Read the following bible verses and summarise them. Why did the first commandment need to be written and placed up front?

  • Exodus 19:4-6
  • Deuteronomy 6:4
  • Deuteronomy 6:13-15

Israel’s history (10 mins)

Lookup these verses and describe how Israel performed under this command.

  • Numbers 25:1-18; Deuteronomy 13:1-18
  • Jeremiah 35:15
  • Malachi 3:1,5

The Gospel (10 mins)

What difference has Jesus made to our understanding of this command?

  • John 1:1
  • John 8:57-59
  • John 14:5-14
  • John 20:27-29

Christian Living (15 mins)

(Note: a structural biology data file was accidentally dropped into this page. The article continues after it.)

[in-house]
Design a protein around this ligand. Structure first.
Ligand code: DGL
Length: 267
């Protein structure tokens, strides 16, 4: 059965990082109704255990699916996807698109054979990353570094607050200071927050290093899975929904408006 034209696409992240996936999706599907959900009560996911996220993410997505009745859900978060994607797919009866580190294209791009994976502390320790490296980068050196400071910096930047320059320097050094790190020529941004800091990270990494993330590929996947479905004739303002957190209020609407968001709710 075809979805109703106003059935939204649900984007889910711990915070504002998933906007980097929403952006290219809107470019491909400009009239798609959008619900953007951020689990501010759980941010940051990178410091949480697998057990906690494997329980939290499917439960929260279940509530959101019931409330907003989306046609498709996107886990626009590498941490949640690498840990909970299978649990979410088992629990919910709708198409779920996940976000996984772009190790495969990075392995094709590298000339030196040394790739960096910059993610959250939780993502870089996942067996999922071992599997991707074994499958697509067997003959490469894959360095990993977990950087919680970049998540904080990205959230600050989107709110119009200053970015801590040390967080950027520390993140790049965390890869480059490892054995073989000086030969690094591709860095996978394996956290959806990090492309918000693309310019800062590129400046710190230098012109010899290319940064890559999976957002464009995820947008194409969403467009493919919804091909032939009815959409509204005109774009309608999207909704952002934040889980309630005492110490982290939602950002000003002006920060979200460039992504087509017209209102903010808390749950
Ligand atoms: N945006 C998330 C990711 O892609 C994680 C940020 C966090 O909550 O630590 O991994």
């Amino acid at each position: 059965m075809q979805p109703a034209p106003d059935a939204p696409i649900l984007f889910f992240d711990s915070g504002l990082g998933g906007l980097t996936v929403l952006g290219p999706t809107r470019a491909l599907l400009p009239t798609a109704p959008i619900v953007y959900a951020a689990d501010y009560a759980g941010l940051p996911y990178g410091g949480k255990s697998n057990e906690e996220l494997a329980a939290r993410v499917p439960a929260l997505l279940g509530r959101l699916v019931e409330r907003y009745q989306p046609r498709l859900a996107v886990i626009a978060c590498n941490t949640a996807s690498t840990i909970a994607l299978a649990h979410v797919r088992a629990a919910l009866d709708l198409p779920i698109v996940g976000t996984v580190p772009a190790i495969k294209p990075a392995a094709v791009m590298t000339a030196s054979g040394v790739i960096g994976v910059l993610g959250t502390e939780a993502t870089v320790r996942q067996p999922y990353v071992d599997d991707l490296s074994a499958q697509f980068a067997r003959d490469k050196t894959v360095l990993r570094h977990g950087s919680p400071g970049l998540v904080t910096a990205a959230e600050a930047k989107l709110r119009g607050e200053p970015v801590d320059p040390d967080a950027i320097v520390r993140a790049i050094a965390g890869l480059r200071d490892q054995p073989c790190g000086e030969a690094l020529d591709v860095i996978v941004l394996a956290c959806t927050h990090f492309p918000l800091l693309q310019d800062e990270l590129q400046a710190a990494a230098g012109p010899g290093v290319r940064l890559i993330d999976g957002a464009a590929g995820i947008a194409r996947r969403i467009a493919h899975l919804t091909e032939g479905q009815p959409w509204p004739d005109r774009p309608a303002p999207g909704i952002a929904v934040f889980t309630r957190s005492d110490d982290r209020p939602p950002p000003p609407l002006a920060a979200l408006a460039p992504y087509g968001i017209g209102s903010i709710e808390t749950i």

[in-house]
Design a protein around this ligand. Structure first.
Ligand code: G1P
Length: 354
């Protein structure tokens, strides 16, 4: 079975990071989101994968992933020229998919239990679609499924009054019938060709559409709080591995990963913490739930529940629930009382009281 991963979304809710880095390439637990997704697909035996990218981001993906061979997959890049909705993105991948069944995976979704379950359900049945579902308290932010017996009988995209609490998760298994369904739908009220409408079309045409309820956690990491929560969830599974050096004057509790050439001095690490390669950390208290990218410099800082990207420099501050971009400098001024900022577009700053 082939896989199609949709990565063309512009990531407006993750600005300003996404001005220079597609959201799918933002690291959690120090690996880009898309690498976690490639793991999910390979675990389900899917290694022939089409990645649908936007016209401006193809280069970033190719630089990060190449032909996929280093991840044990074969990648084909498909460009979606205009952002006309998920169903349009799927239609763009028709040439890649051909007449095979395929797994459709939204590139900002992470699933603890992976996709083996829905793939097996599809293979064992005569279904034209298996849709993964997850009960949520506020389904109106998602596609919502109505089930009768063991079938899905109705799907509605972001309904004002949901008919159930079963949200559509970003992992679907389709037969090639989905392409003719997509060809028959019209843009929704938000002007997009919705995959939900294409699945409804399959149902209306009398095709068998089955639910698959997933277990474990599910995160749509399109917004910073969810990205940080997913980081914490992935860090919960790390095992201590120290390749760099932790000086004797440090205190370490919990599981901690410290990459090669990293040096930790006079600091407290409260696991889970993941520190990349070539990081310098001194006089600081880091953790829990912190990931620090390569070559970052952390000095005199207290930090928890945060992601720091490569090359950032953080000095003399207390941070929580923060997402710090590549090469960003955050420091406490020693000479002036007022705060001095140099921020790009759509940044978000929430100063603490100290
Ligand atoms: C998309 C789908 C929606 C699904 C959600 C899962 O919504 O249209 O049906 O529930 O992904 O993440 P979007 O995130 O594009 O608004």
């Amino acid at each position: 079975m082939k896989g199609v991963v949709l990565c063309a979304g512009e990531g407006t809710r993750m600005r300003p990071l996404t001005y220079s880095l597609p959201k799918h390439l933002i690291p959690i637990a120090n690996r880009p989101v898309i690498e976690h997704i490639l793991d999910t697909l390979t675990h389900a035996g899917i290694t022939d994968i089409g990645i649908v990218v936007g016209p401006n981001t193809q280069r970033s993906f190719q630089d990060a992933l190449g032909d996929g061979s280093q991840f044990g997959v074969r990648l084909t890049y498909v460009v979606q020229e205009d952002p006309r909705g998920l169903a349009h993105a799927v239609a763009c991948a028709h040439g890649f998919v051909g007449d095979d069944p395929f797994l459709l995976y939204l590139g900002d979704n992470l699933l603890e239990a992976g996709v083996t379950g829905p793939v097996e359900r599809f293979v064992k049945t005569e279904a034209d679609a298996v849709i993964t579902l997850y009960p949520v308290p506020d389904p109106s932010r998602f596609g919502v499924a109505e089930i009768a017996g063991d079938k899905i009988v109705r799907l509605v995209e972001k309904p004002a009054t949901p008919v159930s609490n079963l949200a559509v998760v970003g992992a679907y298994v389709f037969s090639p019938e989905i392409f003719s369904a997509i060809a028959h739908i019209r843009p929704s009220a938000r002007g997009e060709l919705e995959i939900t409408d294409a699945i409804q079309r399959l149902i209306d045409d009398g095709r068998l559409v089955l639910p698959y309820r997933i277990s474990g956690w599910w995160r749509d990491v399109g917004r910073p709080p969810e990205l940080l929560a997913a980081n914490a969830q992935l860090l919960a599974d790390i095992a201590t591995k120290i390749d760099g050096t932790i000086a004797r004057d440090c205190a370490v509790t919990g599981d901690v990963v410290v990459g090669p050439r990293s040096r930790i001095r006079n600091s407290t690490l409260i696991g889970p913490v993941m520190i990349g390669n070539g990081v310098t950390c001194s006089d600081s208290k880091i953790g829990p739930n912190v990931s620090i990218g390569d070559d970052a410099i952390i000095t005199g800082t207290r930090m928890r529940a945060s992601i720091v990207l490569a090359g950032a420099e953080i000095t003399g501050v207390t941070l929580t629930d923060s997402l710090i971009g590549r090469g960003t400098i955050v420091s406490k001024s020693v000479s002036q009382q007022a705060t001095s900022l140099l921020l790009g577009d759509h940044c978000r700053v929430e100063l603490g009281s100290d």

We now stand in a position of knowing God in truth. The LORD who promised in Malachi to visit Israel has come! What do we do with this information? Reflect on the following verses and discuss how we respond to the 1st commandment.

  • Matthew 28:19-20 All authority belongs to Jesus. Teach the world about God as three in one!
  • Acts 1:8 
  • Colossians 1:15-17 Lord of Creation
  • Philippians 2:10 every knee will bow and tongue confess.

An Alternate Method

Another way of guiding your group through the command is to ask the following 4 questions and use the references above to guide discussion.

  1. Is this command obvious? 
  2. What does this command teach us? 
  3. What difference does Jesus make? 
  4. How should we live out this command today?